Moir pledge to eliminate 'bullying, intimidation, harassment'

Stephen Moir, new CEC , CCC

STEPHEN MOIR: 'I was only interested in being chief executive in very few places; Cambridgeshire was top of that list' - Credit: John Elworthy

In 2008, then director of HR at Cambridgeshire County Council – and still only 34 – he confided he had no plans to be a chief executive.   

“I prefer to have the right balance in my home and work life, and more and more chief officers are saying the same,” he said.  
  

“As a chief executive, you are at the pinnacle of the organisation. It’s lonely and you’re dealing with tough decisions.”  

We are all entitled to change our minds.   

Fast forward to 2022 and Stephen Moir is now chief executive of the organisation that nurtured his career back in the day.  

“It’s great to be back,” says Mr Moir.  

“I was only interested in being chief executive in very few places; Cambridgeshire was top of that list”  

It will be his third spell in the county for apart from a senior role at the council, he was also once a personnel officer for Cambridgeshire police.   

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Cambridgeshire is a great place, he says, with huge potential, one he knows and loves, and one with family connections – a brief summary of his desire to return.  

He’s candid about his departure from the council 10 years ago for having helped established a shared services network with other councils under the LGSS banner, he had always made it clear he didn’t want to run it.  

He took voluntary redundancy and moved on but always felt a sense of “unfinished business” about the county.   

“That’s why it's equally good to be back,” he says, hoping to pick up some of those issues as chief executive.   

Mr Moir says he is in tune with the joint administration’s focus for Cambridgeshire.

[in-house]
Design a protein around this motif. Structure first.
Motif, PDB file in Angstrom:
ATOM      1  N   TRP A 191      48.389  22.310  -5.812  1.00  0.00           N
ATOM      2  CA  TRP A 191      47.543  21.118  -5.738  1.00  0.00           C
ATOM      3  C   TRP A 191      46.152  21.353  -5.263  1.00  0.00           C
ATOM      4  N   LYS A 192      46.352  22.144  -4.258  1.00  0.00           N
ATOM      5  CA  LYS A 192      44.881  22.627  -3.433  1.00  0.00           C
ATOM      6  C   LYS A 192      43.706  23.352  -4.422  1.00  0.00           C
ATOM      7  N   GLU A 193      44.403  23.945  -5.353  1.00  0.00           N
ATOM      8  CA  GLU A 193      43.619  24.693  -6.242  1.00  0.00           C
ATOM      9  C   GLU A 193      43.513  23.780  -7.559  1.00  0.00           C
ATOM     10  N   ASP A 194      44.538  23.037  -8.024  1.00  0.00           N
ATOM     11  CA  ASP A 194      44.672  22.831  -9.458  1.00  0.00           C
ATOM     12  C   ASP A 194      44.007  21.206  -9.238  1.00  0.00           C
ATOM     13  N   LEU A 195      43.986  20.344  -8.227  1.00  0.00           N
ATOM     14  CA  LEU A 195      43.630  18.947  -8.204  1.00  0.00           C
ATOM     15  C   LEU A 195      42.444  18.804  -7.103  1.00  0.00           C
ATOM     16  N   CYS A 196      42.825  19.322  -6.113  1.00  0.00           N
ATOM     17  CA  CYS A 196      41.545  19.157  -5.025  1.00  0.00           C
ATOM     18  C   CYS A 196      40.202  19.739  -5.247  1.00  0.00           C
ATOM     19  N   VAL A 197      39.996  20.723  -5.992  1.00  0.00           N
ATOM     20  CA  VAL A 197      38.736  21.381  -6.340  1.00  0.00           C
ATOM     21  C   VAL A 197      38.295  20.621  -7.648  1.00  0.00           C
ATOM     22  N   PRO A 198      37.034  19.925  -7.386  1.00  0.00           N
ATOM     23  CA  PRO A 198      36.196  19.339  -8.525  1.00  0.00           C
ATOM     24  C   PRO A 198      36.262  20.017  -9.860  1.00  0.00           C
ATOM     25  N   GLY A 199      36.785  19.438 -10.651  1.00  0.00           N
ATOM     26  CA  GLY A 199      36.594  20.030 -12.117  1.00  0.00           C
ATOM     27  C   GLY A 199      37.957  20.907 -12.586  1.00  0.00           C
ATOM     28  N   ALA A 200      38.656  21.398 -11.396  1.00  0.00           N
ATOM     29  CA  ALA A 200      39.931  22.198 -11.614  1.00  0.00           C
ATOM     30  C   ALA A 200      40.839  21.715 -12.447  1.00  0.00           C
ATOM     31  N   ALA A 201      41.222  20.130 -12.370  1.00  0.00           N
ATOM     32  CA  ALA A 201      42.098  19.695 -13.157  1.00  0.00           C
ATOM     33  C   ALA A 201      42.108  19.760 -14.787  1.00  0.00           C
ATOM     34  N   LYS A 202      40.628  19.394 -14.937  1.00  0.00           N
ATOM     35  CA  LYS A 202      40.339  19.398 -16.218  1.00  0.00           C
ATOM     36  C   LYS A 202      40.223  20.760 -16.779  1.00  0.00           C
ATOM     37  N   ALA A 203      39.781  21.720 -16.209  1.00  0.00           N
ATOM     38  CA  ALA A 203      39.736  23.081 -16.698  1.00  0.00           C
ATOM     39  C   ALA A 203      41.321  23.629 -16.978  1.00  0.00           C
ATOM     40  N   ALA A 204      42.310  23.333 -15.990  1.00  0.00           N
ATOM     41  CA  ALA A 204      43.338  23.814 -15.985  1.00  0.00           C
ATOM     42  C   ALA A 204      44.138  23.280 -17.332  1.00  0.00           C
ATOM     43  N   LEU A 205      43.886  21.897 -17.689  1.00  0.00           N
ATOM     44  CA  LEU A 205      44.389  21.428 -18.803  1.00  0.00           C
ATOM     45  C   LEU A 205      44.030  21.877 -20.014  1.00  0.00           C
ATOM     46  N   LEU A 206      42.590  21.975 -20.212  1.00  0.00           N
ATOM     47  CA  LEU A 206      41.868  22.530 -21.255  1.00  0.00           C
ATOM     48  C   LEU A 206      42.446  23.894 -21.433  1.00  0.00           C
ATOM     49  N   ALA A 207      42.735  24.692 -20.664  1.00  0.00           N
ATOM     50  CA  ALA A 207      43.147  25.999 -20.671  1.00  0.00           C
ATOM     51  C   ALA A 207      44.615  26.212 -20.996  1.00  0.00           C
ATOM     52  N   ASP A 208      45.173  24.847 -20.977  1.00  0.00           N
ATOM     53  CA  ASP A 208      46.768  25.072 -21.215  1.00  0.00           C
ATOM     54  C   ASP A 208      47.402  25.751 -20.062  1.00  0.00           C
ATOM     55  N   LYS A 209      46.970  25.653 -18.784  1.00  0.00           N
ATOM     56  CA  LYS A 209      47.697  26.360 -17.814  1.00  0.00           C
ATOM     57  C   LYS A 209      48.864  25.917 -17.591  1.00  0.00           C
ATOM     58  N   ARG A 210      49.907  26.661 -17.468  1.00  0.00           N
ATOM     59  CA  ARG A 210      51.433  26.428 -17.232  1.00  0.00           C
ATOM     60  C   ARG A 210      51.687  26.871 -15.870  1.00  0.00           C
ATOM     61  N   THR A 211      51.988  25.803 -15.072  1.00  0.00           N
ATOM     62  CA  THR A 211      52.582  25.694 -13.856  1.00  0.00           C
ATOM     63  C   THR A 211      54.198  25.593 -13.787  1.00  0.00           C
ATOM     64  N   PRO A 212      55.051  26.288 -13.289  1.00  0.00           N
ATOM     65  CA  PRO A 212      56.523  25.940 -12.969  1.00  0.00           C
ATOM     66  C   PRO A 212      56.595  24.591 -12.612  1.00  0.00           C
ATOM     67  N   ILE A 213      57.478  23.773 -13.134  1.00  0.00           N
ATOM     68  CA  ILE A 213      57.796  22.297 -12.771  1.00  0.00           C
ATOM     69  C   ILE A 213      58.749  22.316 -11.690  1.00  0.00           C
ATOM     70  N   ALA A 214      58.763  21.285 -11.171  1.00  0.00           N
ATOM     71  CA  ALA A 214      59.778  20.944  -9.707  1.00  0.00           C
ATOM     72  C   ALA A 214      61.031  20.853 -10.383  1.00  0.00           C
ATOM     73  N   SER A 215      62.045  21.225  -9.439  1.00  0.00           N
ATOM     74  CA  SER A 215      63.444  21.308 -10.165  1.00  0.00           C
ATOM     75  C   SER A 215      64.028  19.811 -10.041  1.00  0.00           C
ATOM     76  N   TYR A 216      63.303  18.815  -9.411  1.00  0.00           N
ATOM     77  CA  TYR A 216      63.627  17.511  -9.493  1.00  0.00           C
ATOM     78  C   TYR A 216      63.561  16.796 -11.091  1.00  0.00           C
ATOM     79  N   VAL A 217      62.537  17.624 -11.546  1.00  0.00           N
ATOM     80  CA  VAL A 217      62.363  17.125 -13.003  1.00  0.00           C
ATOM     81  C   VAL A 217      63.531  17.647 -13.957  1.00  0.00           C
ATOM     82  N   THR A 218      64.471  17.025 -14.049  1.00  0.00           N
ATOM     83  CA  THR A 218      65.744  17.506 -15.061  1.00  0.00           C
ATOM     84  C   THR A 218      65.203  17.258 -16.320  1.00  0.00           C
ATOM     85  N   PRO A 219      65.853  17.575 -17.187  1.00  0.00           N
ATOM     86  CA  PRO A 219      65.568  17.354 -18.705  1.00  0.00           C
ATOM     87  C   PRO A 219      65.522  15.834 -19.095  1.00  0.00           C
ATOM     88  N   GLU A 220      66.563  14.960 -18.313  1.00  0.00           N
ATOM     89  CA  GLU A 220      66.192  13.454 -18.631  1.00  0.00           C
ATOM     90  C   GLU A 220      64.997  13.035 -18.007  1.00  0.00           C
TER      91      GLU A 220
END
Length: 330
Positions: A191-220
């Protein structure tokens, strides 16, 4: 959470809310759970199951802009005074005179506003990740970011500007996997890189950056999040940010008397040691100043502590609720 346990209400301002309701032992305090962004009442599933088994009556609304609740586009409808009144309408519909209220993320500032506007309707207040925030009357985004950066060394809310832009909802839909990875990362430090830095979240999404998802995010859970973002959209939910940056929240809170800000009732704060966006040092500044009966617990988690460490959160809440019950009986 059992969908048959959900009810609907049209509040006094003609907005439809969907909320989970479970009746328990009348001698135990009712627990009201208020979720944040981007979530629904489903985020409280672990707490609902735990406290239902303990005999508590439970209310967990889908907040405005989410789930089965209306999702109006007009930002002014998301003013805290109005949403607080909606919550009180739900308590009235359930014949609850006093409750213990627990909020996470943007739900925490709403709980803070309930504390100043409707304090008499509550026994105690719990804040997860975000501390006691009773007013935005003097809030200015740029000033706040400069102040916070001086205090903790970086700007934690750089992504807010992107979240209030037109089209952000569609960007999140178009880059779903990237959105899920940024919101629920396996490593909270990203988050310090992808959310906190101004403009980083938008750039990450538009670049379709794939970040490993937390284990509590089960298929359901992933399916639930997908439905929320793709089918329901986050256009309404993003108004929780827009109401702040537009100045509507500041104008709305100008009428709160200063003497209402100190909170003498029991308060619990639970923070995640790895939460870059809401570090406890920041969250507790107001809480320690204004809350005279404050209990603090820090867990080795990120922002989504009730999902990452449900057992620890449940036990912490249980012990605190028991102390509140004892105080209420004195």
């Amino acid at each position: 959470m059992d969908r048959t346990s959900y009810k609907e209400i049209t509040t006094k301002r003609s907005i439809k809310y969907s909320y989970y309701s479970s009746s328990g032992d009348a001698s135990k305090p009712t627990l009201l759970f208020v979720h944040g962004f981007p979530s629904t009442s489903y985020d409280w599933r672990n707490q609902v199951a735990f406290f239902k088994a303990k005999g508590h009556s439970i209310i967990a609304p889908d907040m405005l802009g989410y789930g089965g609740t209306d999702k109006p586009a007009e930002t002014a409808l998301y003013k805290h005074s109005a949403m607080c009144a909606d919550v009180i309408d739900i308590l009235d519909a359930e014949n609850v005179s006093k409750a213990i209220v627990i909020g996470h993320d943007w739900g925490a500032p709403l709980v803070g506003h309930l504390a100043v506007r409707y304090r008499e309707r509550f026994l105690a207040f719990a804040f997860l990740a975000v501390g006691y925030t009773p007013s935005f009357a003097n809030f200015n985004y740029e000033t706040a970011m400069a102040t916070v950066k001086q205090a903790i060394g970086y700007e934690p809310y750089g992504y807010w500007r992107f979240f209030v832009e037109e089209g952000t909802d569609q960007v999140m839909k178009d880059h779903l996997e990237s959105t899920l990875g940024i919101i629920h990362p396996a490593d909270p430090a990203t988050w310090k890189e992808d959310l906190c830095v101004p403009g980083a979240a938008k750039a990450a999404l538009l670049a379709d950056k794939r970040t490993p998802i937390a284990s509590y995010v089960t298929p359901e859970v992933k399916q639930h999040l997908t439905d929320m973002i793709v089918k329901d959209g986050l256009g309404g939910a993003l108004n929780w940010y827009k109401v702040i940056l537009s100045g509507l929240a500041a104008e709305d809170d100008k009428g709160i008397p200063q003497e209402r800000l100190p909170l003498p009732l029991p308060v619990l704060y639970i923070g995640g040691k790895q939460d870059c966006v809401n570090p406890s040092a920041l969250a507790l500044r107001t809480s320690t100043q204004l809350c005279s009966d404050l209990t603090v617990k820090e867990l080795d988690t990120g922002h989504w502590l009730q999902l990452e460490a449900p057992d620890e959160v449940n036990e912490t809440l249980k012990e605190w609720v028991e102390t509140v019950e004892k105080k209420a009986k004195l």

“First and foremost, there is a clear direction from the joint administration of wanting a fairer, greener, more caring place; that’s a great focus.  

“Cambridgeshire is a county of contrasts, some parts do exceptionally well economically, in education, training or health but some parts don’t do as well.”  

On inherited issues such as Farmgate, he is adamant that it is a matter of culture within the organisation “and that matters hugely to me.  

“I want our staff to feel safe and supported and to create a culture of accountability, be transparent about decisions and open and honest enough to admit when we make mistakes and learn from them.  

"The way we operate as a council means we have got to be trusted, credible and have to be the same internally”  

He says the council has contacted those former officers affected by farmgate.   

"Of course, we have been in touch with those individuals as any reasonable and sensible employer would be,” he says.  

He was “sad, disappointed and concerned” that anyone faced those situations in the workplace.   

“And angry as it should have been dealt with quicker; we must make sure it doesn’t happen again”  

“Where bullying, harassment or intimidation exist believe me I will be treading on it very quickly.”  

His advocacy of robust Nolan Principles in public life (selflessness, integrity, objectivity, accountability, openness, honesty and leadership)  come with him to his new role.  

“I am a public servant because I want to be- I believe in public service, believe in high standards in public life,” he says.  

Candidly he admits to having left some jobs in the public sector that have not lived up to those values.   

But Mr Moir is adamant that councillors behaving badly will always be challenged, initially through “a quiet word with the individual” and taking it further if necessary.    

"However, it is not just about politicians. We have a code of conduct for officers and I expect it to be upheld.  

“If we fall short people can expect it to be dealt with fairly and properly.”   

I asked Mr Moir what, if anything, makes him angry.   

“Social injustice, inequality, lack of fairness,” he says.   

“People being treated badly for whatever reasons winds me up – that's the best way of describing it.”  

Cambridgeshire, he concludes, is a great place to be “and could be even better if we have a commitment to tackle those inequalities”.